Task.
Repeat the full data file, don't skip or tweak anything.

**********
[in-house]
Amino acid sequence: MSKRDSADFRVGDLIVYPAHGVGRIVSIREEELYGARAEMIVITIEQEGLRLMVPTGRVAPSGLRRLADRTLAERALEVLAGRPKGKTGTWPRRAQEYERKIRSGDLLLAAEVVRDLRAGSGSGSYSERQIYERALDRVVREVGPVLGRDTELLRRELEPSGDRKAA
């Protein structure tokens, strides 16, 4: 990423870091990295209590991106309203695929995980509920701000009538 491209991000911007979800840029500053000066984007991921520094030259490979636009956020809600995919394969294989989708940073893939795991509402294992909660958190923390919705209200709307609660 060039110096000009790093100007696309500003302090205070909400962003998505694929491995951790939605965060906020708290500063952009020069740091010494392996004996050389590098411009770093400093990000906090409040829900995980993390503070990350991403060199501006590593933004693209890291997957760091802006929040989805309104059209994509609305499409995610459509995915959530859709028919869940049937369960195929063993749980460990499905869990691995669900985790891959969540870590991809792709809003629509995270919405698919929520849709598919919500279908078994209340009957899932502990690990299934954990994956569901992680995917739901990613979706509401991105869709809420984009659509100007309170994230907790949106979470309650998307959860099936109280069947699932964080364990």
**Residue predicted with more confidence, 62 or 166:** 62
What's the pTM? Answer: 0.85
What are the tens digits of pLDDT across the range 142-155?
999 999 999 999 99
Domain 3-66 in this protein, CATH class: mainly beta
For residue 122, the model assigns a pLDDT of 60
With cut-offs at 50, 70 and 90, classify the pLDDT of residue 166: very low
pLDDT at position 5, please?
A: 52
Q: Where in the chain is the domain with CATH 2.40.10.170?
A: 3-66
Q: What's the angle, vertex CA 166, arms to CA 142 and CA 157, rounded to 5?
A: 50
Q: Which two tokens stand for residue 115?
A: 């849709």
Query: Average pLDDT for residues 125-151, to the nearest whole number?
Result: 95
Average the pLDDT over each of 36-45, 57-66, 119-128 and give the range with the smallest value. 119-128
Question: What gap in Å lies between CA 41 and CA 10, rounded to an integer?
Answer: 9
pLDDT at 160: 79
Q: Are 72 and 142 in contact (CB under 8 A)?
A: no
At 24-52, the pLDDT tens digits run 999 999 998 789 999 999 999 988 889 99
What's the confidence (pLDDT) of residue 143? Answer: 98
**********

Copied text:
[in-house]
Amino acid sequence: MSKRDSADFRVGDLIVYPAHGVGRIVSIREEELYGARAEMIVITIEQEGLRLMVPTGRVAPSGLRRLADRTLAERALEVLAGRPKGKTGTWPRRAQEYERKIRSGDLLLAAEVVRDLRAGSGSGSYSERQIYERALDRVVREVGPVLGRDTELLRRELEPSGDRKAA
């Protein structure tokens, strides 16, 4: 990423870091990295209590991106309203695929995980509920701000009538 491209991000911007979800840029500053000066984007991921520094030259490979636009956020809600995919394969294989989708940073893939795991509402294992909660958190923390919705209200709307609660 060039110096000009790093100007696309500003302090205070909400962003998505694929491995951790939605965060906020708290500063952009020069740091010494392996004996050389590098411009770093400093990000906090409040829900995980993390503070990350991403060199501006590593933004693209890291997957760091802006929040989805309104059209994509609305499409995610459509995915959530859709028919869940049937369960195929063993749980460990499905869990691995669900985790891959969540870590991809792709809003629509995270919405698919929520849709598919919500279908078994209340009957899932502990690990299934954990994956569901992680995917739901990613979706509401991105869709809420984009659509100007309170994230907790949106979470309650998307959860099936109280069947699932964080364990």
**Residue predicted with more confidence, 62 or 166:** 62
What's the pTM? Answer: 0.85
What are the tens digits of pLDDT across the range 142-155?
999 999 999 999 99
Domain 3-66 in this protein, CATH class: mainly beta
For residue 122, the model assigns a pLDDT of 60
With cut-offs at 50, 70 and 90, classify the pLDDT of residue 166: very low
pLDDT at position 5, please?
A: 52
Q: Where in the chain is the domain with CATH 2.40.10.170?
A: 3-66
Q: What's the angle, vertex CA 166, arms to CA 142 and CA 157, rounded to 5?
A: 50
Q: Which two tokens stand for residue 115?
A: 């849709």
Query: Average pLDDT for residues 125-151, to the nearest whole number?
Result: 95
Average the pLDDT over each of 36-45, 57-66, 119-128 and give the range with the smallest value. 119-128
Question: What gap in Å lies between CA 41 and CA 10, rounded to an integer?
Answer: 9
pLDDT at 160: 79
Q: Are 72 and 142 in contact (CB under 8 A)?
A: no
At 24-52, the pLDDT tens digits run 999 999 998 789 999 999 999 988 889 99
What's the confidence (pLDDT) of residue 143? Answer: 98